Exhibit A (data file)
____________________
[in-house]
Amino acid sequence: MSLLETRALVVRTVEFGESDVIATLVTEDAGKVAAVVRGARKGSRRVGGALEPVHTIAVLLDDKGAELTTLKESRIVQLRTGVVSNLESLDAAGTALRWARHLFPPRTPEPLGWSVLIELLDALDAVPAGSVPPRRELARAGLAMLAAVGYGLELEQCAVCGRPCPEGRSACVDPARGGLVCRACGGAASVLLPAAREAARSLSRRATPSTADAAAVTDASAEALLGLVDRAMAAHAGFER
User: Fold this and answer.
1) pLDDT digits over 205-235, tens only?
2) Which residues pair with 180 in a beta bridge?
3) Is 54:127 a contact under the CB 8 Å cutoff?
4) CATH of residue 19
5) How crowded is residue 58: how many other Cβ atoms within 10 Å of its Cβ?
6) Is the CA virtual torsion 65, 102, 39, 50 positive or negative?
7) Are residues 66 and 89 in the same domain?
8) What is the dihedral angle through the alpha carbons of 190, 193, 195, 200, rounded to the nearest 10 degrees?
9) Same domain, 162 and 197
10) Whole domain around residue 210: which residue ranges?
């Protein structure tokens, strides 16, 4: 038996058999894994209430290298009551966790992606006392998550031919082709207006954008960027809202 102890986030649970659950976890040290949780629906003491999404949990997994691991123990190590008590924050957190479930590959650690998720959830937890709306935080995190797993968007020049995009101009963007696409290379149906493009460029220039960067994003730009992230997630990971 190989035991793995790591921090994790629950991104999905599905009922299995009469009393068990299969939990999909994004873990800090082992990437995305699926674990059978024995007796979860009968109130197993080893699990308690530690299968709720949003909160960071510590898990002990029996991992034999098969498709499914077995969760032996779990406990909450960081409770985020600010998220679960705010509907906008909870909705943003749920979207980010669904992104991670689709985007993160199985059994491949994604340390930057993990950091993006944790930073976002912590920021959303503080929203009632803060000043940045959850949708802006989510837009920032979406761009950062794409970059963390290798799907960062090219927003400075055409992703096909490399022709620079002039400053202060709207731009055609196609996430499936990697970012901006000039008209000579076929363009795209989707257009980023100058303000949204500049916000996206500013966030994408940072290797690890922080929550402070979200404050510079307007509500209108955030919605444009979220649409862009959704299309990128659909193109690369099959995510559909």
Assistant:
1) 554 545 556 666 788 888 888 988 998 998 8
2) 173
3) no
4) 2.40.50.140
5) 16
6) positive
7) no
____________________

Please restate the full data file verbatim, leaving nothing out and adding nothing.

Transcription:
[in-house]
Amino acid sequence: MSLLETRALVVRTVEFGESDVIATLVTEDAGKVAAVVRGARKGSRRVGGALEPVHTIAVLLDDKGAELTTLKESRIVQLRTGVVSNLESLDAAGTALRWARHLFPPRTPEPLGWSVLIELLDALDAVPAGSVPPRRELARAGLAMLAAVGYGLELEQCAVCGRPCPEGRSACVDPARGGLVCRACGGAASVLLPAAREAARSLSRRATPSTADAAAVTDASAEALLGLVDRAMAAHAGFER
User: Fold this and answer.
1) pLDDT digits over 205-235, tens only?
2) Which residues pair with 180 in a beta bridge?
3) Is 54:127 a contact under the CB 8 Å cutoff?
4) CATH of residue 19
5) How crowded is residue 58: how many other Cβ atoms within 10 Å of its Cβ?
6) Is the CA virtual torsion 65, 102, 39, 50 positive or negative?
7) Are residues 66 and 89 in the same domain?
8) What is the dihedral angle through the alpha carbons of 190, 193, 195, 200, rounded to the nearest 10 degrees?
9) Same domain, 162 and 197
10) Whole domain around residue 210: which residue ranges?
């Protein structure tokens, strides 16, 4: 038996058999894994209430290298009551966790992606006392998550031919082709207006954008960027809202 102890986030649970659950976890040290949780629906003491999404949990997994691991123990190590008590924050957190479930590959650690998720959830937890709306935080995190797993968007020049995009101009963007696409290379149906493009460029220039960067994003730009992230997630990971 190989035991793995790591921090994790629950991104999905599905009922299995009469009393068990299969939990999909994004873990800090082992990437995305699926674990059978024995007796979860009968109130197993080893699990308690530690299968709720949003909160960071510590898990002990029996991992034999098969498709499914077995969760032996779990406990909450960081409770985020600010998220679960705010509907906008909870909705943003749920979207980010669904992104991670689709985007993160199985059994491949994604340390930057993990950091993006944790930073976002912590920021959303503080929203009632803060000043940045959850949708802006989510837009920032979406761009950062794409970059963390290798799907960062090219927003400075055409992703096909490399022709620079002039400053202060709207731009055609196609996430499936990697970012901006000039008209000579076929363009795209989707257009980023100058303000949204500049916000996206500013966030994408940072290797690890922080929550402070979200404050510079307007509500209108955030919605444009979220649409862009959704299309990128659909193109690369099959995510559909």
Assistant:
1) 554 545 556 666 788 888 888 988 998 998 8
2) 173
3) no
4) 2.40.50.140
5) 16
6) positive
7) no